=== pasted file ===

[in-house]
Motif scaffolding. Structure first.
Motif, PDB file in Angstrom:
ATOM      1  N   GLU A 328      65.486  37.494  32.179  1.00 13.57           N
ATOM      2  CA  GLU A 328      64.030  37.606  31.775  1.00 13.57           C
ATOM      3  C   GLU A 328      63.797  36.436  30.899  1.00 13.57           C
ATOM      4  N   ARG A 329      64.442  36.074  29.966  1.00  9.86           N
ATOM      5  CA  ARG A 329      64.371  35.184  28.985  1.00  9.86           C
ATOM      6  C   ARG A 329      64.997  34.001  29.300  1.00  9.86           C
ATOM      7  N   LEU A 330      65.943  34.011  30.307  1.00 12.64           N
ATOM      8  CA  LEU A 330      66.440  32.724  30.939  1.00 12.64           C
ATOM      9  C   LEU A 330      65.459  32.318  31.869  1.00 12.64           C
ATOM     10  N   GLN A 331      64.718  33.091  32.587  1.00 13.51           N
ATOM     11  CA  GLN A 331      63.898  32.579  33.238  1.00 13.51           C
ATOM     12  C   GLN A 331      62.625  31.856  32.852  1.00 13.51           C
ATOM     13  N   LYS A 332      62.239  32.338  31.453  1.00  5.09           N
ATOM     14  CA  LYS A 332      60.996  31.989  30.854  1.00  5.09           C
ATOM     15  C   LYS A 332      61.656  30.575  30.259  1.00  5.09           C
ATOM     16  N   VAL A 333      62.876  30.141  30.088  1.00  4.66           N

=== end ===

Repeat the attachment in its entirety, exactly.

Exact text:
[in-house]
Motif scaffolding. Structure first.
Motif, PDB file in Angstrom:
ATOM      1  N   GLU A 328      65.486  37.494  32.179  1.00 13.57           N
ATOM      2  CA  GLU A 328      64.030  37.606  31.775  1.00 13.57           C
ATOM      3  C   GLU A 328      63.797  36.436  30.899  1.00 13.57           C
ATOM      4  N   ARG A 329      64.442  36.074  29.966  1.00  9.86           N
ATOM      5  CA  ARG A 329      64.371  35.184  28.985  1.00  9.86           C
ATOM      6  C   ARG A 329      64.997  34.001  29.300  1.00  9.86           C
ATOM      7  N   LEU A 330      65.943  34.011  30.307  1.00 12.64           N
ATOM      8  CA  LEU A 330      66.440  32.724  30.939  1.00 12.64           C
ATOM      9  C   LEU A 330      65.459  32.318  31.869  1.00 12.64           C
ATOM     10  N   GLN A 331      64.718  33.091  32.587  1.00 13.51           N
ATOM     11  CA  GLN A 331      63.898  32.579  33.238  1.00 13.51           C
ATOM     12  C   GLN A 331      62.625  31.856  32.852  1.00 13.51           C
ATOM     13  N   LYS A 332      62.239  32.338  31.453  1.00  5.09           N
ATOM     14  CA  LYS A 332      60.996  31.989  30.854  1.00  5.09           C
ATOM     15  C   LYS A 332      61.656  30.575  30.259  1.00  5.09           C
ATOM     16  N   VAL A 333      62.876  30.141  30.088  1.00  4.66           N